Actually, the resemblances and parallels are even closer than that. Only by recalling Peter’s triple denial at the first fire can we understand why Christ asks him a further three by the fire on the sea shore. The lake scene only makes sense in light of the earlier encounter in the high priest’s courtyard. The two passages are integrally linked.
In passing, I note that the Peter fragment in John 18 is part of a very early textual tradition. At least, the earliest papyrus fragment of any part of the canonical New Testament is Rylands papyrus P52, which probably dates to around 125, and this includes the passage immediately following that incident – John 18.31-33, and 37-38.
But if that’s correct, that has major implications for the structure of the original account underlying John’s Gospel as we have it now. Most readers of John assume that the narrative proceeds like this:
i. Jesus’s trial and death, then a natural segue to
ii. The Resurrection appearance to Mary Magdalene, followed by
iii. An extraneous postscript describing the additional appearance on the Sea of Galilee.
But in light of what I’ve discussed here, it’s the Magdalene scene that is extraneous. Originally, the narrative of Jesus’s trial, and the intimately connected story of Peter’s betrayal, would have proceeded to a natural conclusion at the Galilean lake. Coal follows coal. As we would expect in a very early gospel, the central figure among Jesus’s followers, and the key Resurrection witness, is Peter.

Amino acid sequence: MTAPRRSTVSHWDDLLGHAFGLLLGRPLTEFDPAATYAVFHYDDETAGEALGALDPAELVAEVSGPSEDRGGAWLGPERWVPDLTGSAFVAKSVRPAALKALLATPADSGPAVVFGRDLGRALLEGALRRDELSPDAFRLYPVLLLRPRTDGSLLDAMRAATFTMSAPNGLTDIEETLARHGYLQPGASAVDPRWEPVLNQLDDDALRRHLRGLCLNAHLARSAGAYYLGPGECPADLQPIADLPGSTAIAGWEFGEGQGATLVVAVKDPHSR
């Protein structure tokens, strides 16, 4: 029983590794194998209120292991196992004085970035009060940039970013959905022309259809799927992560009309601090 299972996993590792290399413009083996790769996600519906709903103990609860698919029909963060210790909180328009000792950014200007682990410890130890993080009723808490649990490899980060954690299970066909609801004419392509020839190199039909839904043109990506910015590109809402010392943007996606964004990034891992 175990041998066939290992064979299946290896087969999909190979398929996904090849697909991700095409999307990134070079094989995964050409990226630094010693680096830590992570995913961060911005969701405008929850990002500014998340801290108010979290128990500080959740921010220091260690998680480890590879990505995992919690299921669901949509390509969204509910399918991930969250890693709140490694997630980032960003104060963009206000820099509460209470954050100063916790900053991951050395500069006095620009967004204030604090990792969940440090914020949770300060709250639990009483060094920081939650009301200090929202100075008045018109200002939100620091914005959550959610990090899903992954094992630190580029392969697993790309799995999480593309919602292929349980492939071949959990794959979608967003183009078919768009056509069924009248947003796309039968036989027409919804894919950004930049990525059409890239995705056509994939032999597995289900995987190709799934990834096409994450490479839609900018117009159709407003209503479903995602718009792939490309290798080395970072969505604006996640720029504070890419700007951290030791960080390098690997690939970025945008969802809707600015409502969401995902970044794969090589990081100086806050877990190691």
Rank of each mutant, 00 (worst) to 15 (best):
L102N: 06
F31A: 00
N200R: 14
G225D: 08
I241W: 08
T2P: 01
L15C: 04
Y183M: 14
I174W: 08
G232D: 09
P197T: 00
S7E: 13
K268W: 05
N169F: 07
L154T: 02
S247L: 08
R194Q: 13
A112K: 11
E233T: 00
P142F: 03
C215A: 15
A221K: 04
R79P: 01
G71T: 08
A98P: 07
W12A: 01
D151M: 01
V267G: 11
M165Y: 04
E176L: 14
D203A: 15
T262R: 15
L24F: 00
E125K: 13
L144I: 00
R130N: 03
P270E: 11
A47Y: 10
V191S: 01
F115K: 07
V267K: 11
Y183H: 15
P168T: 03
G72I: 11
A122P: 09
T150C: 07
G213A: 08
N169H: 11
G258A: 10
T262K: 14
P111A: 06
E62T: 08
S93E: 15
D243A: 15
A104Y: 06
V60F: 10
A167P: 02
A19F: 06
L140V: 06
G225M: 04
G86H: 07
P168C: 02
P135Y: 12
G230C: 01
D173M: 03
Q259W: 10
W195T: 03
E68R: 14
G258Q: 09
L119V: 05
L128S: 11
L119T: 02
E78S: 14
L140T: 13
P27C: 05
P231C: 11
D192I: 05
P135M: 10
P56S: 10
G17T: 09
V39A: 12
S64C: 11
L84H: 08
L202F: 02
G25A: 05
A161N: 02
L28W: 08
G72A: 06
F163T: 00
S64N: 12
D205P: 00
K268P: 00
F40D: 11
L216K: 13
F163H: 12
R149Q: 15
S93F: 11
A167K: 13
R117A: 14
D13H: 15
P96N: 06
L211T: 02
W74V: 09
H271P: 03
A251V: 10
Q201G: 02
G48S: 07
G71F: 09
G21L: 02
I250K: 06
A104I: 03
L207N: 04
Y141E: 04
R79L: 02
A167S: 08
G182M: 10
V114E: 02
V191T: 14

At some later phase, an editor has added another Jerusalem-based story focused on Mary Magdalene, which we now know as John 20. Where that story came from, or how early it might been, is open to debate. But it was the Magdalene passage, not the Galilee scene, which is the later addition. Possibly several decades later.
I think what we are dealing with here is two very distinct traditions of Jesus’s Resurrection, one based in Galilee, one in Jerusalem, and they had major areas of disagreement. Paul, clearly, knew the Galilean version, inevitably since his direct contacts were with the disciples themselves. Conceivably too, that version was much earlier and more authoritative than the other. Beyond debate, the Galilean version is documented much, much, earlier than the other. But other stories circulated, and the various evangelists tried with varying success to integrate both.
As we commemorate Easter this year, perhaps we should think at least as much of the Sea of Galilee as the Jerusalem garden.